Latest iPhone Rumors Throw Another Twist On Multiple-2013-Models Theory

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All the different variations on the rumors for Apple’s iPhone lineup this year can be enough to drive you crazy. First there’s word of a new iPhone by this summer, then talk about a new low-cost version of the iPhone, and yesterday we heard about rumors of a 4.8-inch oversized iPhone – not instead of one of those other models, but in addition to them. Now the rumor mill that is DigiTimes is back with its latest take on the situation, offering an attempt to straighten things out, but introducing a new wave of uncertainty in the process.

From the sound of things yesterday, Apple would have two main iPhones, a 4.0 and 4.8-inch model, and a 4.0-inch low-cost version. Now DigiTimes is saying that the cheap iPhone would have been the large-screen version, except now it’s not going to be ready for a 2013 release, and we’d be more likely to see it next year.

That leaves two 4.0-inch iPhones for this year, with one supposedly aimed at the mid-range market, but it’s not at all clear just what the difference between these models would be. Would one still be the rumored plastic-heavy design? DigiTimes blames the postponement of the big-screen iPhone on expectations that Apple would have trouble securing enough screens with in-cell touch sensors.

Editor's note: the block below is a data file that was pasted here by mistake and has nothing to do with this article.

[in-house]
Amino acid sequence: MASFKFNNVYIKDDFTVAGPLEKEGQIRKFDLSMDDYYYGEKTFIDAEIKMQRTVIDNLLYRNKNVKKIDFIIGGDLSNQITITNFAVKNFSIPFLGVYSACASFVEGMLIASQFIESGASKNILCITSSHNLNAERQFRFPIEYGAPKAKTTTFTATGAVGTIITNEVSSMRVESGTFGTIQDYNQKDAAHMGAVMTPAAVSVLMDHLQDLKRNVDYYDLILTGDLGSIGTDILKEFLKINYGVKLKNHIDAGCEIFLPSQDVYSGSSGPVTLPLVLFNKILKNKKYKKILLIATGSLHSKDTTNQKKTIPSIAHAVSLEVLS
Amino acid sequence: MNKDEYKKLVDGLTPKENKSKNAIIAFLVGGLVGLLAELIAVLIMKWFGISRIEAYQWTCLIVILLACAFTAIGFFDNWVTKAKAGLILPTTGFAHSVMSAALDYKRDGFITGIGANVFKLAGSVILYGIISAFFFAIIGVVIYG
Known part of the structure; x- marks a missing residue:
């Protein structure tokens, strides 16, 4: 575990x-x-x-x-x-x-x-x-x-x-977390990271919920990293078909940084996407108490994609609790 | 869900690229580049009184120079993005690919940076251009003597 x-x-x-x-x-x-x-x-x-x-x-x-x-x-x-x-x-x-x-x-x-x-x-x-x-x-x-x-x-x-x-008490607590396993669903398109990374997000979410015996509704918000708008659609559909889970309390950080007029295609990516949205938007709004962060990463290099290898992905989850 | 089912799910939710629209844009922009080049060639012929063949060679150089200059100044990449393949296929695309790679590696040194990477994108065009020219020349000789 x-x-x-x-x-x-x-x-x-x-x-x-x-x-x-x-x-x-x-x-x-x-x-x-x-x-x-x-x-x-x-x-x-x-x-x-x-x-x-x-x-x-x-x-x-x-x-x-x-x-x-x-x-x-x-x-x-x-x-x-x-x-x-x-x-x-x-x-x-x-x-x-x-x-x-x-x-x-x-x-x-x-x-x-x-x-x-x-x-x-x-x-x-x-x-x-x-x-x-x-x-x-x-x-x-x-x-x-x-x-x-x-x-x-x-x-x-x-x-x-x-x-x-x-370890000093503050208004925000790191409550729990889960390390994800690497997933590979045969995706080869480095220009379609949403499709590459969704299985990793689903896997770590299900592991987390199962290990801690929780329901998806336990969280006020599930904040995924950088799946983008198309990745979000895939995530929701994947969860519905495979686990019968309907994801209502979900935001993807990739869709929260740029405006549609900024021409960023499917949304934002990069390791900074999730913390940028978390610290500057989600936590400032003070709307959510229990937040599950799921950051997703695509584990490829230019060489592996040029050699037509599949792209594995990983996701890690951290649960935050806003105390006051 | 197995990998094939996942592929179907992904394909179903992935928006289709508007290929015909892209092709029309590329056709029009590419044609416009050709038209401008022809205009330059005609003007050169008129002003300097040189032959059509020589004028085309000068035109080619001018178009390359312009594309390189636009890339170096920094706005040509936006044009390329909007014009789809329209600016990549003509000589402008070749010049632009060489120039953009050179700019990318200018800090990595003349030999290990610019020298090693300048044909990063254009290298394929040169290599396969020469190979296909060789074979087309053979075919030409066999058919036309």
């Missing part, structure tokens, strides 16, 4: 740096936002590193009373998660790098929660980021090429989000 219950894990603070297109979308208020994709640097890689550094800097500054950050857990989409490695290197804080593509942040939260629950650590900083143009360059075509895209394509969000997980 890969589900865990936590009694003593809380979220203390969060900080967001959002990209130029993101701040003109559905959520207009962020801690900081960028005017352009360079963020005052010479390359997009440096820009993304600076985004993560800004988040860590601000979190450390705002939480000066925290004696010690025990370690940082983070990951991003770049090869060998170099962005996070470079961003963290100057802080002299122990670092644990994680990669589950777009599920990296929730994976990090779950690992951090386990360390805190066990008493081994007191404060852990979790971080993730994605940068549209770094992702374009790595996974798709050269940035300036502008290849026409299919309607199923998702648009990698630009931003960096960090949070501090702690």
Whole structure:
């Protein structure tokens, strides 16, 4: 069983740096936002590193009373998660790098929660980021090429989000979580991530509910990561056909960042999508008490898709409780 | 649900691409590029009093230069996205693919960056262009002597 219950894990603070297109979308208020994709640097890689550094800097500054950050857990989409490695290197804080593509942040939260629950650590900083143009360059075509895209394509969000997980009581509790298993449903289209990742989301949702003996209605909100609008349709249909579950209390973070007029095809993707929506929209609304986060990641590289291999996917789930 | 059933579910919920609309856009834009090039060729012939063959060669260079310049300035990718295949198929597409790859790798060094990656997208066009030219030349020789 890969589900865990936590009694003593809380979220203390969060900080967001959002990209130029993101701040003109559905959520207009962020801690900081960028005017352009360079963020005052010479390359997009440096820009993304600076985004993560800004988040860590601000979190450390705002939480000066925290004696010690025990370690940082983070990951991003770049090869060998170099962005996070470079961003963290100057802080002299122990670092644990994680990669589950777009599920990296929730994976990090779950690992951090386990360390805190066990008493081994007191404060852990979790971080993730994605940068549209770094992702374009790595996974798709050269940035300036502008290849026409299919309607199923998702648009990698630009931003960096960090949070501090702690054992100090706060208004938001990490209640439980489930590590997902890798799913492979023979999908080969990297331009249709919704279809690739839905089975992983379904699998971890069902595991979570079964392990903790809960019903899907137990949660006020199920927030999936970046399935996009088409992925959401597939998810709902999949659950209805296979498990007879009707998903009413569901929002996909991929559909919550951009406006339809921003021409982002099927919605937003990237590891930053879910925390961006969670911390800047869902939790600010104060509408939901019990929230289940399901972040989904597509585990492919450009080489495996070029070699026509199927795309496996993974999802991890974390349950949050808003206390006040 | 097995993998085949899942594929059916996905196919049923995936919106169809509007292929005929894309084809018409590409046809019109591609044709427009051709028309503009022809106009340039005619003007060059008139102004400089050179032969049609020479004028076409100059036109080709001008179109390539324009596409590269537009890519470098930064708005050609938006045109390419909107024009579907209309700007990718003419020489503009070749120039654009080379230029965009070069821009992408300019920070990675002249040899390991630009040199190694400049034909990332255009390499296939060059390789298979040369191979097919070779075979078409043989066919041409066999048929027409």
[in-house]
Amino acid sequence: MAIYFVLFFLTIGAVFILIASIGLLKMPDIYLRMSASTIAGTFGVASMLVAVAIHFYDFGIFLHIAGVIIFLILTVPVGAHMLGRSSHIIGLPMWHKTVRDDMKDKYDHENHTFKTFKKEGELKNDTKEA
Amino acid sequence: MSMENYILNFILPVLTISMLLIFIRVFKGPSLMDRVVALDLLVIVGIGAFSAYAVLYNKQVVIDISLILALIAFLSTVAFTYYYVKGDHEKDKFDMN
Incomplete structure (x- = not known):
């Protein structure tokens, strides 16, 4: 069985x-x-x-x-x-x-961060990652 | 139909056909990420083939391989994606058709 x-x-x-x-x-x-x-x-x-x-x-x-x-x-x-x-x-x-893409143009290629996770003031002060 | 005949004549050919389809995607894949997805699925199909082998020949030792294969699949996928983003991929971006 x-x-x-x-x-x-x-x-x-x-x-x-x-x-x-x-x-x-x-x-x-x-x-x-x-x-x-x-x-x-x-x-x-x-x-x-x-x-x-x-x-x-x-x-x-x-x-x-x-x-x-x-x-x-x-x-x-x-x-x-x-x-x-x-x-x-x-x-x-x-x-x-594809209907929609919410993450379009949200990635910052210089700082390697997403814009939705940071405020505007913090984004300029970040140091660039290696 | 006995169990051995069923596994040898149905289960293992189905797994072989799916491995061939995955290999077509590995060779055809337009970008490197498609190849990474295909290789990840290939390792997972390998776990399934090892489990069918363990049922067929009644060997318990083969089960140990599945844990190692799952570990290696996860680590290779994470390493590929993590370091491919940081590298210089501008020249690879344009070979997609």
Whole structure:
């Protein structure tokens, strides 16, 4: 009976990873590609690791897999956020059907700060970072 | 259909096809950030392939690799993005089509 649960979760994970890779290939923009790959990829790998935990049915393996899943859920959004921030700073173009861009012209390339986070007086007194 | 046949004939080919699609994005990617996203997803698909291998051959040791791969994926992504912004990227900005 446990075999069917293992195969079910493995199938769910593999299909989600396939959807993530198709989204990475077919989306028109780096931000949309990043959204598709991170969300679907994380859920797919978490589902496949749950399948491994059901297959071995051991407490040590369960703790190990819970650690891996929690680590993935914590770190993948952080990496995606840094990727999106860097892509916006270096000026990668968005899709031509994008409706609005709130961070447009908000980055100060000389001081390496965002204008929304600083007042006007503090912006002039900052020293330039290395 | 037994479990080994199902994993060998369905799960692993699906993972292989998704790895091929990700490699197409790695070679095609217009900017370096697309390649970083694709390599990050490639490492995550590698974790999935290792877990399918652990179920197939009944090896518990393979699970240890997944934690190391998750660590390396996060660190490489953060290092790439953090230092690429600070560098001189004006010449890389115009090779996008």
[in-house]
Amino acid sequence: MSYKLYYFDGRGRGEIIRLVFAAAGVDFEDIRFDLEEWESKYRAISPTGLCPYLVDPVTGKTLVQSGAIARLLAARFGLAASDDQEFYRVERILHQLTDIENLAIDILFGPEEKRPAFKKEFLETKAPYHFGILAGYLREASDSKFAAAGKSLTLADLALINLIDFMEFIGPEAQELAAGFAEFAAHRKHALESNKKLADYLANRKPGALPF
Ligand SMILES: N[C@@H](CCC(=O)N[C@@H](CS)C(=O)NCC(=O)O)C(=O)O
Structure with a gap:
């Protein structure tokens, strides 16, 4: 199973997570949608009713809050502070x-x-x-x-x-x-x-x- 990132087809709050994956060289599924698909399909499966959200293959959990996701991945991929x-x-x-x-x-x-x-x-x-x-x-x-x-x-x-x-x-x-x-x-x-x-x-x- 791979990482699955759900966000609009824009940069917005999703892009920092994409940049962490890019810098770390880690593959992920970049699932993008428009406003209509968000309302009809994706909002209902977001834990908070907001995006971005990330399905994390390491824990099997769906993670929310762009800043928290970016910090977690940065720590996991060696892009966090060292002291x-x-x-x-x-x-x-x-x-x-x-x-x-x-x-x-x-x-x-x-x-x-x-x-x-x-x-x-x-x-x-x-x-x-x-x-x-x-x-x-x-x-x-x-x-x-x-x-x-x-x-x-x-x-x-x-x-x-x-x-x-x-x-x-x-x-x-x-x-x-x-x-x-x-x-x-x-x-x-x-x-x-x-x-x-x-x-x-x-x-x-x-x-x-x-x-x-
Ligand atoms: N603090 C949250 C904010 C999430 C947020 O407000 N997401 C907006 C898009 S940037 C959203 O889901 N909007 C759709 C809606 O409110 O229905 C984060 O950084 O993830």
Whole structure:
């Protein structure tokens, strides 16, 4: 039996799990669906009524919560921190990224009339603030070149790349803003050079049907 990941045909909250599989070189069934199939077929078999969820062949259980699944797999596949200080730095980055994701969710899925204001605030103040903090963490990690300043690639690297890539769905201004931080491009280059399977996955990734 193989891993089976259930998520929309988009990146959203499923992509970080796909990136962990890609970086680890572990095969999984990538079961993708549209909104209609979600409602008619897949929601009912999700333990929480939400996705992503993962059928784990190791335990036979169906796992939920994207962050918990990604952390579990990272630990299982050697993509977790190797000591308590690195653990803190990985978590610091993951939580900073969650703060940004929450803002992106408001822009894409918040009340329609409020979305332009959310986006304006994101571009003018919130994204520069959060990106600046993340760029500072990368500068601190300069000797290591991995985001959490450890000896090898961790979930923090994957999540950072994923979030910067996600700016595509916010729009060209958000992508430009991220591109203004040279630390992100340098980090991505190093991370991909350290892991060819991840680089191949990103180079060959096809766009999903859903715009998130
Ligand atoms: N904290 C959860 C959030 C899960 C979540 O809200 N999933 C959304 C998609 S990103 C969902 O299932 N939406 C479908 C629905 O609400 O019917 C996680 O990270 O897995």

Like we said, this seems to add even more confusion to the already mired mess of rumors. This being Apple and all, we can’t expect anyone speaking up to set us straight, but hopefully over the next several months a couple leaks will arrive to start separating the fact from the fiction, and prepare us for whatever Apple really has planned.

Source: DigiTimes
Via: 9to5 Mac

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About The Author
Stephen Schenck
Stephen has been writing about electronics since 2008, which only serves to frustrate him that he waited so long to combine his love of gadgets and his degree in writing. In his spare time, he collects console and arcade game hardware, is a motorcycle enthusiast, and enjoys trapping blue crabs. Stephen's first mobile device was a 624 MHz Dell Axim X30, which he's convinced is still a viable platform. Stephen longs for a market where phones are sold independently of service, and bandwidth is cheap and plentiful; he's not holding his breath. In the meantime, he devours smartphone news and tries to sort out the juicy bitsRead more about Stephen Schenck!